“Egon Madsen 80”
September 28, 2022
by Ilona Landgraf
Copyright © 2022 by Ilona Landgraf
Egon Madsen has been a foundational figure in Stuttgart’s ballet and theater world for close to his entire career. He gave his stage debut at the young age of ten in a children’s ballet in his home country of Denmark. Nine years later (in 1961) he joined the Stuttgart Ballet under the newly appointed John Cranko. Key roles in Cranko’s signature pieces were choreographed on Madsen during a period dubbed the “Stuttgart Ballet Miracle”. After Cranko’s death, Madsen stayed with the Stuttgart Ballet until 1981. In the years that followed, he helmed several companies (the Frankfurt Ballet, the Royal Swedish Ballet, and the Ballet of the Teatro Communale/Florence) before becoming Marcia Haydée’s assistant director at Stuttgart and serving as ballet master in Stuttgart and Leipzig. In 1999 – at age fifty-seven – he returned to the stage with Nederlands Dans Theater’s NDT III. He also served as the troupe’s teacher and rehearsal director until it disbanded in 2006. One year later, Madsen returned to Stuttgart as a driving force behind Eric Gauthier’s newly established Gauthier Dance Company at the Theaterhaus. In addition to dancing in numerous Theaterhaus productions (most recently “Greyhounds” in 2015), Madsen also coached and trained the dancers. Since 2014, he has forayed into play-acting; his solo evening “King Lear”, choreographed by Mauro Bigonzetti, can be seen at the Theaterhaus for a final time this November.
Madsen’s eightieth birthday and seventieth stage anniversary was cause for a huge celebration – and the gala that the Stuttgart Theaterhaus organized was extensive indeed. It was presented by Eric Gauthier who – humorous as ever – ensured that the almost four-hour-long program (including a participatory performance with the audience) entertained throughout.
Madsen’s love of wit and humor was clear from his wry comments on the collection of black-and-white photos showing his early professional steps. Also hilarious, though without intending to be, was the commentary in a compilation from a vintage film by SDR Abendschau recalling Madsen’s time under Cranko’s directorship. We learned that male dancers “woo and fight for love and then die,” and that the young Madsen preferred table football over more sophisticated pastimes. The company’s tours to New York (1969) and Moscow (1972) were mentioned as well. A second video dealt with Madsen’s work in the Theaterhaus.
Of Madsen’s many friends and companions, five – Birgit Keil, Mauro Bigonzetti, Ivan Cavallari, Tamas Detrich, and Friedemann Vogel – shared their memories in a series of talks. Keil emphasized Madsen’s authenticity, Cavallari his modesty, Bigonzetti his generosity and humanity. In reference to a performance of “Romeo and Juliet”, Detrich joked: “No one could die like Egon.”
Of the many Cranko roles for which Madsen is known, we saw three performed by members of the Stuttgart Ballet. Adhonay Soares da Silva danced the Lenski solo from the second act of “Onegin”; Alessandro Giaquinto was the hapless Gremio, warbling a failed serenade to Bianca (Veronika Verterich) in “Taming of the Shrew”. Friedemann Vogel danced the lovey-dovey youth from “Brouillards” whose infatuation suffers an abrupt deflation.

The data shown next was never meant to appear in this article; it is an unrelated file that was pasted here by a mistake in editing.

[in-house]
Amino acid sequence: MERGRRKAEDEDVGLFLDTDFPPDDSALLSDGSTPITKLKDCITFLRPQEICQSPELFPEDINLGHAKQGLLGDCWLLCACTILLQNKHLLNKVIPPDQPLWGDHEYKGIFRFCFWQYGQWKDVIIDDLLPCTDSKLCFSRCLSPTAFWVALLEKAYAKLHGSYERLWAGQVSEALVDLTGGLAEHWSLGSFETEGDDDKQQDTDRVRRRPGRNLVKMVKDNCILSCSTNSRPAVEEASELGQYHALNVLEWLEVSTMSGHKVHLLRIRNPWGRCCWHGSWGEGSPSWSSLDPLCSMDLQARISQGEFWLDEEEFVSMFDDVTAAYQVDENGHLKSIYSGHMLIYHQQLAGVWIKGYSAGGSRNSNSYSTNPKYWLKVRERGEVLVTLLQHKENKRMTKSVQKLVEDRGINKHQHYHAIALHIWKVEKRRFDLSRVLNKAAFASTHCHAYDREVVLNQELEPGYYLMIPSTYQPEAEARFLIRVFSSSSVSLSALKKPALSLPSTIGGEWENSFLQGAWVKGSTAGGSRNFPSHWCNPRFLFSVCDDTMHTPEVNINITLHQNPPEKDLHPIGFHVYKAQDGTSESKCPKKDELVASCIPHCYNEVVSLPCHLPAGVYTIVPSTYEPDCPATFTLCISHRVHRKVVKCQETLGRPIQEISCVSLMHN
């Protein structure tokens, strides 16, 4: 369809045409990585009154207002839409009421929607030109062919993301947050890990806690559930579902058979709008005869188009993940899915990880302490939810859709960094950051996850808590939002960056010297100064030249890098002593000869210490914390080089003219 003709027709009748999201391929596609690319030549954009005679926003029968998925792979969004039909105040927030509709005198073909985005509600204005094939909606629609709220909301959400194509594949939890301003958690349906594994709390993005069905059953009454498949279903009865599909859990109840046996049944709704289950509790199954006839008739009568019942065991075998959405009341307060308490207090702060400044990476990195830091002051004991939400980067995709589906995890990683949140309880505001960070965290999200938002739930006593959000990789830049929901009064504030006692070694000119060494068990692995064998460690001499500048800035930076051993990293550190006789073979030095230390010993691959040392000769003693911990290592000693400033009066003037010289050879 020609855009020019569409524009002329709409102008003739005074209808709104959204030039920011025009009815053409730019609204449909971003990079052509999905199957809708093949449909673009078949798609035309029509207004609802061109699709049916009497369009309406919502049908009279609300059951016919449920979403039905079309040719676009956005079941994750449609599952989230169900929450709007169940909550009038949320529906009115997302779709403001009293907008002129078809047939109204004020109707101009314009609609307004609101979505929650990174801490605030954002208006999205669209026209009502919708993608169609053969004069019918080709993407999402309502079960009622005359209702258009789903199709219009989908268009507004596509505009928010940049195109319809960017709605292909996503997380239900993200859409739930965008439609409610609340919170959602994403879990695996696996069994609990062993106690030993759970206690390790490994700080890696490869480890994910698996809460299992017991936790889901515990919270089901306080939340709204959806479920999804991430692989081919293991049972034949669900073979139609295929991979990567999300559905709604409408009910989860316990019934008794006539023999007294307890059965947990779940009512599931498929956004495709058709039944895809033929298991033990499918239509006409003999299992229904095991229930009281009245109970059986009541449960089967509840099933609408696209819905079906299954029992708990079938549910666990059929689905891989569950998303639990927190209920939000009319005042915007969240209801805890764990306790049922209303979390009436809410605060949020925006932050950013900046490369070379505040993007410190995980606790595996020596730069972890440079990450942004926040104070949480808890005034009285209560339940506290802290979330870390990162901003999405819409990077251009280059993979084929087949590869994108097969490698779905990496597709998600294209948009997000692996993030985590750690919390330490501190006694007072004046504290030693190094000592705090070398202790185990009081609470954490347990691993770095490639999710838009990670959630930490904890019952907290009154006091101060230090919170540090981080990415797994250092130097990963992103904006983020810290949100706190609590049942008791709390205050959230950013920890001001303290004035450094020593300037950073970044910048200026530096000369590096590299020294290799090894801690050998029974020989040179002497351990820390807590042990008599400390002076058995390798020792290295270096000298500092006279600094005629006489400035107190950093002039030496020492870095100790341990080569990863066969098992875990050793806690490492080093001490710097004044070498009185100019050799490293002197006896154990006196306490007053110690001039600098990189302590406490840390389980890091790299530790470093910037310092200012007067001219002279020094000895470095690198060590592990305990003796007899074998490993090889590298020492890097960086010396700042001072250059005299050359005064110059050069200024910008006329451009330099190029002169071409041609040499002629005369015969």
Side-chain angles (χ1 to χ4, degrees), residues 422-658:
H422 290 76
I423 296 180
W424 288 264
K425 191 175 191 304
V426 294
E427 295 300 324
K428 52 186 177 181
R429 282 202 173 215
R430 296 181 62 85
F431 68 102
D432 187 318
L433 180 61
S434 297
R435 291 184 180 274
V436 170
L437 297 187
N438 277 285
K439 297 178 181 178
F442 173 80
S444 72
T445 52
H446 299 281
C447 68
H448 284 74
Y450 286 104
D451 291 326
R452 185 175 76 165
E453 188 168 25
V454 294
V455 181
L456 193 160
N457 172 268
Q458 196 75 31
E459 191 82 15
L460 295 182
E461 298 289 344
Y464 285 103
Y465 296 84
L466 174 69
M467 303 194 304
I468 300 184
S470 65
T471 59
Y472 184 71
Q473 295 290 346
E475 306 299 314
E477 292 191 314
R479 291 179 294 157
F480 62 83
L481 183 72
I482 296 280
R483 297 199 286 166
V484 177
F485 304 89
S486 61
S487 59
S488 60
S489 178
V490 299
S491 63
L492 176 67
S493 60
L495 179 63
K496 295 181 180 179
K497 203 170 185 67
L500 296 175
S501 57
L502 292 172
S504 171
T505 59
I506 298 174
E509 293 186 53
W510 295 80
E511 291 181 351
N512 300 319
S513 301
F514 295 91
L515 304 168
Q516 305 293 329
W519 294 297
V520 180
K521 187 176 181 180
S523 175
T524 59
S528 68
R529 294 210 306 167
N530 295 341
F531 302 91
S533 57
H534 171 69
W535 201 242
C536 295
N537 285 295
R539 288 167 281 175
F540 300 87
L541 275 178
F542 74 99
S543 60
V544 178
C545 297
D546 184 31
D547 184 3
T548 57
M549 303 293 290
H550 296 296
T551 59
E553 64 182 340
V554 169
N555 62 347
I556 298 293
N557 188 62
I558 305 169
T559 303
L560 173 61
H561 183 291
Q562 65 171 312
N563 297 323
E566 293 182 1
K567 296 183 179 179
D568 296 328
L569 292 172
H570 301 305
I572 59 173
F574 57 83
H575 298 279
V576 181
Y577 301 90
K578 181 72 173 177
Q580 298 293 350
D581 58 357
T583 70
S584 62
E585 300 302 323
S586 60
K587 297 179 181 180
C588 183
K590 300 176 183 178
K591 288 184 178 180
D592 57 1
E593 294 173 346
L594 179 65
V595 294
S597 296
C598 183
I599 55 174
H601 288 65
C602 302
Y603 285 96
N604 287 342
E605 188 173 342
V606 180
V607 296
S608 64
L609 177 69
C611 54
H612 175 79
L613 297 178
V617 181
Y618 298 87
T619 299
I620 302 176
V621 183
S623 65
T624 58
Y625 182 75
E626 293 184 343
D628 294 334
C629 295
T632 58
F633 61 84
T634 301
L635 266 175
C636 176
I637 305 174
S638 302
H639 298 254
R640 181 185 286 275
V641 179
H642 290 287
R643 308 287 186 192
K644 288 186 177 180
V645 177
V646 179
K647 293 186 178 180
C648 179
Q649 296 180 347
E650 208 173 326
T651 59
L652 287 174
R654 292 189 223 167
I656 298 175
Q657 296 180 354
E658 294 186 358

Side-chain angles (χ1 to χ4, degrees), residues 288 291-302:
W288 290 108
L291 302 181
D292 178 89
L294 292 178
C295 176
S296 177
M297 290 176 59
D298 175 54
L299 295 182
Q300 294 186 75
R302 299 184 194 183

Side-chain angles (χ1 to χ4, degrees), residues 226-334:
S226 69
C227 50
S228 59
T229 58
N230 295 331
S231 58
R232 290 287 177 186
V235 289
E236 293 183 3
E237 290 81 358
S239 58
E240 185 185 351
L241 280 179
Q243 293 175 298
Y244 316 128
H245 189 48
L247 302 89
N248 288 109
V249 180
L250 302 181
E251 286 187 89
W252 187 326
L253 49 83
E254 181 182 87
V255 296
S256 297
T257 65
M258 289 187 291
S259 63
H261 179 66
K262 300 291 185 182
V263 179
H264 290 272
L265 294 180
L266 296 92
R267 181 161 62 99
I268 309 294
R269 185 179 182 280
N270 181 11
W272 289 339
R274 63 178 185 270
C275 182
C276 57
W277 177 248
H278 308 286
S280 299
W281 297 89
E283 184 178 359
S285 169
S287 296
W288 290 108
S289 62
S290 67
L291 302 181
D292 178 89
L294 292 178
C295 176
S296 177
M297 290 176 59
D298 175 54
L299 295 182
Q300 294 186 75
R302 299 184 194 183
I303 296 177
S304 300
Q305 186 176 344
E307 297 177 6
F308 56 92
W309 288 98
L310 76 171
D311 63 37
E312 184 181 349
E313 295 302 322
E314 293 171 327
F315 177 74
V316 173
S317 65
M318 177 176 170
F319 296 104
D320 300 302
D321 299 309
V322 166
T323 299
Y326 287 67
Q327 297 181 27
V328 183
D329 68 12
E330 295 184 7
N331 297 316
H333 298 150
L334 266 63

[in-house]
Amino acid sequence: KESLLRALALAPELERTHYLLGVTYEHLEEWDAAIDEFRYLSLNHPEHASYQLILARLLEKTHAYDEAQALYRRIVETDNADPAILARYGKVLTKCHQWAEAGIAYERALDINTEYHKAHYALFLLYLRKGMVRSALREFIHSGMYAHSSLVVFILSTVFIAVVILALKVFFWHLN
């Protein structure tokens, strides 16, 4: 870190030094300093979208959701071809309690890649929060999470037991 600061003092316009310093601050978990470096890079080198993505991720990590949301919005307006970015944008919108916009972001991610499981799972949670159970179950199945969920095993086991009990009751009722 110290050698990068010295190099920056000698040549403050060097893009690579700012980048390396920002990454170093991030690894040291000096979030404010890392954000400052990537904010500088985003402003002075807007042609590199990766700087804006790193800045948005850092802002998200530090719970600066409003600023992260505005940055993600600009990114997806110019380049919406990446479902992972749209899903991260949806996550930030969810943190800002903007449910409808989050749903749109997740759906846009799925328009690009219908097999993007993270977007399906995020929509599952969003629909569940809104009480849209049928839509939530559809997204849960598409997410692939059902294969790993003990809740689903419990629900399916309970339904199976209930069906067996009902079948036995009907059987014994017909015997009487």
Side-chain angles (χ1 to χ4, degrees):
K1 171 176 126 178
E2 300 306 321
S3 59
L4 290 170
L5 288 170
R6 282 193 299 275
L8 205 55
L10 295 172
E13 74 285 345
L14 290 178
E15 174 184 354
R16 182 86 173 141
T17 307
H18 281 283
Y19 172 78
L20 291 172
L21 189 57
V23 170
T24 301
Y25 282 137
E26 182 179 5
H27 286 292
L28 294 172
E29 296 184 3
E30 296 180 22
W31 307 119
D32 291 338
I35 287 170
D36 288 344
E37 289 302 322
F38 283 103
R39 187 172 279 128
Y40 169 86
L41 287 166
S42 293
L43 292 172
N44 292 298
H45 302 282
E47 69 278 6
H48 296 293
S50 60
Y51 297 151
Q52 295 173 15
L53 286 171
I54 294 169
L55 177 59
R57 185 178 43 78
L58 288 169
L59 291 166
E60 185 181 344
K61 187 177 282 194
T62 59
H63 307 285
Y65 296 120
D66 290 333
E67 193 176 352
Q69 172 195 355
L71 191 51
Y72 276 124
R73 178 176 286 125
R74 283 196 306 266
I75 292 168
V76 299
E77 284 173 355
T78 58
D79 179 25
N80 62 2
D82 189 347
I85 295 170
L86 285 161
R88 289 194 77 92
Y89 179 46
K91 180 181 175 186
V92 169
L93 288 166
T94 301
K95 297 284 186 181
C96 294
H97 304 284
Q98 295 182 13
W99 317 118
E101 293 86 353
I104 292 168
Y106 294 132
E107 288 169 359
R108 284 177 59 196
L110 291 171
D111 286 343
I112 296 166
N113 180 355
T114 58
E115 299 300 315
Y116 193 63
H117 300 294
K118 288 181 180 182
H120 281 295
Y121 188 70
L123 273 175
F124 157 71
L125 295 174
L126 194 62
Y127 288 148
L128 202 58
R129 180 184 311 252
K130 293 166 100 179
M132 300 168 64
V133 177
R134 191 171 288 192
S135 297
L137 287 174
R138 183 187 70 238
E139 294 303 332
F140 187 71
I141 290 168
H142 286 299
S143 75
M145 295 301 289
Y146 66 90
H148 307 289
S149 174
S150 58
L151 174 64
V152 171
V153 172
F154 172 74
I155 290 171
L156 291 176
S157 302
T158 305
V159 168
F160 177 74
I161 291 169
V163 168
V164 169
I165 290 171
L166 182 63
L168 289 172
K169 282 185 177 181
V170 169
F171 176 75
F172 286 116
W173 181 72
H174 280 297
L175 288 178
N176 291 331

Alice McArthur and Mitchell Millhollin, both students at the John Cranko School, gave a spotless rendition of Uwe Scholz’s “The Creation” – a nod to Madsen’s time in Leipzig. Arnau Redorta Ortiz and Maria Sayrach Baró, juniors at Gauthier Dance, contributed “Rassemblement”, an edgy pas de deux with a tragic ending by Nacho Duato. A highlight was Gauthier’s peppy “ABC” of dance, set into motion by the effervescent Shori Yamamoto.
I was most impressed by the two performances by Madsen himself: Hans van Manen’s “The Old Man and Me” (alongside Milena Twiehaus, a former student of Madsen’s wife Lucia Isenring) and “Cantata” – a wildly passionate group number by Bigonzetti performed to Southern Italian songs sung fervently and played live by the Gruppo Musicale Assurd, Enza Pagliara, and Enza Alessandra Prestia. There is no doubt that Madsen – lifted high above the group of dancers, a timbrel hanging gloriously above his head – can still dominate the stage.
|Links:||Website of the Theaterhaus Stuttgart|
|Eric Gauthier commenting on Egon Madsen’s birthday (audio)|
|SWR documentary on Egon Madsen (video)|
|Photos:||1.||Egon Madsen, “Egon Madsen 80”, Theaterhaus Stuttgart 2022|
|2.||Friedemann Vogel, Tamas Detrich, Birgit Keil, Egon Madsen, Mauro Bigonzetti, Ivan Cavallari, and Eric Gauthier, “Egon Madsen 80”, Theaterhaus Stuttgart 2022|
|3.||Friedemann Vogel, Tamas Detrich, Birgit Keil, Egon Madsen, Mauro Bigonzetti, Ivan Cavallari, and Eric Gauthier, “Egon Madsen 80”, Theaterhaus Stuttgart 2022
|4.||Egon Madsen and ensemble, “Cantata” by Mauro Bigonzetti, Theaterhaus Stuttgart 2022
|5.||Egon Madsen and participants of the gala, “Egon Madsen 80”, Theaterhaus Stuttgart 2022|
|6.||Egon Madsen and participants of the gala, “Egon Madsen 80”, Theaterhaus Stuttgart 2022
|all photos © Jeanette Bak|